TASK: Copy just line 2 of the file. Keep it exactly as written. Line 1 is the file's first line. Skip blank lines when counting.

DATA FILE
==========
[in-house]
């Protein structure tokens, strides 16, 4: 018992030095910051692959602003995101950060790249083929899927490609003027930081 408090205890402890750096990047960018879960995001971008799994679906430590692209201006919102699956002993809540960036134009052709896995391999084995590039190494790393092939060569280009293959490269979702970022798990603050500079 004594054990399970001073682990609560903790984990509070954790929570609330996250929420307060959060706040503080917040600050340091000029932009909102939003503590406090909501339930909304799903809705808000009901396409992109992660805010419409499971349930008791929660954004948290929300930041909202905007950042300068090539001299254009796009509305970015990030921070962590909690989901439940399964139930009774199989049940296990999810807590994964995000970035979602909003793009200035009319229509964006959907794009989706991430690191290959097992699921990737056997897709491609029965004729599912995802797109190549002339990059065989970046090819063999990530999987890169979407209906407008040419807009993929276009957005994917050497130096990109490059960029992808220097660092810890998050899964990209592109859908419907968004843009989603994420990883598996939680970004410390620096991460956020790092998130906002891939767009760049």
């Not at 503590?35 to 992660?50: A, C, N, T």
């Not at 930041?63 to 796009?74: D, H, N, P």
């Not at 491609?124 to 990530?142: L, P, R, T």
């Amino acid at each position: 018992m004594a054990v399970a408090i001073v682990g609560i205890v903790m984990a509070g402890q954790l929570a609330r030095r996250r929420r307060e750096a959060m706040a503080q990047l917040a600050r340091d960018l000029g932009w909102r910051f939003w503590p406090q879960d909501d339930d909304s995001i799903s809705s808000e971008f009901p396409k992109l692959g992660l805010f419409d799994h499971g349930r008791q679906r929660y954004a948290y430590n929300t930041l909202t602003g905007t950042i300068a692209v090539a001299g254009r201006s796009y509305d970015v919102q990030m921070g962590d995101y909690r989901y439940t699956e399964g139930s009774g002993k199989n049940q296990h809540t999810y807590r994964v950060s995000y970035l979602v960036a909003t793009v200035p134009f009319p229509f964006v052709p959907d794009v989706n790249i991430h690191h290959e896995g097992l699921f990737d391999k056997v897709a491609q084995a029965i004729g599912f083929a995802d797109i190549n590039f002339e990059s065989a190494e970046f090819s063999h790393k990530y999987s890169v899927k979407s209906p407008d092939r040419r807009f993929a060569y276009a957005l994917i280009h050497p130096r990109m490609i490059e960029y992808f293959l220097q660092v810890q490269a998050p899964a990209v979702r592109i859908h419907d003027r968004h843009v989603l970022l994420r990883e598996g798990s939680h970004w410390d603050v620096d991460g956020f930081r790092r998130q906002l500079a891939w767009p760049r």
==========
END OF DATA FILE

């Protein structure tokens, strides 16, 4: 018992030095910051692959602003995101950060790249083929899927490609003027930081 408090205890402890750096990047960018879960995001971008799994679906430590692209201006919102699956002993809540960036134009052709896995391999084995590039190494790393092939060569280009293959490269979702970022798990603050500079 004594054990399970001073682990609560903790984990509070954790929570609330996250929420307060959060706040503080917040600050340091000029932009909102939003503590406090909501339930909304799903809705808000009901396409992109992660805010419409499971349930008791929660954004948290929300930041909202905007950042300068090539001299254009796009509305970015990030921070962590909690989901439940399964139930009774199989049940296990999810807590994964995000970035979602909003793009200035009319229509964006959907794009989706991430690191290959097992699921990737056997897709491609029965004729599912995802797109190549002339990059065989970046090819063999990530999987890169979407209906407008040419807009993929276009957005994917050497130096990109490059960029992808220097660092810890998050899964990209592109859908419907968004843009989603994420990883598996939680970004410390620096991460956020790092998130906002891939767009760049």